In what may be its most controversial list yet, the American Film Institute’s next CBS special will count down the 100 funniest films of the century.
CBS will air the three-hour special “AFI’s 100 Years … 100 Laughs” in June. Gary Smith and Frederick Pierce will executive produce the special, and Smith will also direct. Duo exec also produced the 1998 special “AFI’s 100 Years … 100 Movies” and this year’s “AFI’s 100 Years … 100 Stars.”
AFI has sent ballots to 1,800 entertainers, critics, historians and execs to pick from 500 films nominated by AFI historians. Responding to past controversies, this year’s ballot also includes a spot for five write-in choices, up from just one previously.
AFI chose comedy because it’s an “unappreciated storytelling area,” said director and CEO Jean Firstenberg.
“This is a subject matter that isn’t taken seriously” as a highly regarded genre, she said. “It doesn’t get much recognition when awards time comes around.”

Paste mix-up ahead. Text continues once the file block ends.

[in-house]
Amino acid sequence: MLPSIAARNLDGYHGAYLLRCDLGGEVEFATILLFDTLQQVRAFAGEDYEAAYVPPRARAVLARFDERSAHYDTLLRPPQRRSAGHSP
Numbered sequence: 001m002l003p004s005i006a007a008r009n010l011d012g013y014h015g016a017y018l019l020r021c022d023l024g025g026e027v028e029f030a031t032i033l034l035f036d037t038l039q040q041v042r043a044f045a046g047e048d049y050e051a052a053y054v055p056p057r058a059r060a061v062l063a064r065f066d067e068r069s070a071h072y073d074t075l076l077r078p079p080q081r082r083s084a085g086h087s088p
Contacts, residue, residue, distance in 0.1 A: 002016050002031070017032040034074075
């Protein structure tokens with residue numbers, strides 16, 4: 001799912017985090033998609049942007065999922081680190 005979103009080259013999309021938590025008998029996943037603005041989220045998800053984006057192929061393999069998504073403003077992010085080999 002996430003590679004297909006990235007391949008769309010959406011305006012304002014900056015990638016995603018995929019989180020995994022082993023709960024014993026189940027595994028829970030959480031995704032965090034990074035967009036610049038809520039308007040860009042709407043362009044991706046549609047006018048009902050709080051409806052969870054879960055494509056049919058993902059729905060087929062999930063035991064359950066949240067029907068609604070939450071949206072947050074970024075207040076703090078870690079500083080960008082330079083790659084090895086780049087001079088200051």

Jurors are being asked to judge a film on how funny it is (“an experience greater than the sum of its smiles”) and its overall legacy.
AFI execs actually hope to repeat the controversy surrounding its first two lists, which were applauded by some and trashed by others. Because humor is more subjective, AFI expects the new list will receive additional scrutiny.
“We were really thrilled with the reaction to the first two years,” Firstenberg said. “We welcome the passionate controversy that has been the result of these programs. We feel empowered in a sense to continue this celebration.”
“100 Movies” averaged 11.2 million viewers, and “100 Stars” picked up 11.1 million for CBS. Both specs pulled an 8 Nielsen household rating and 14 share.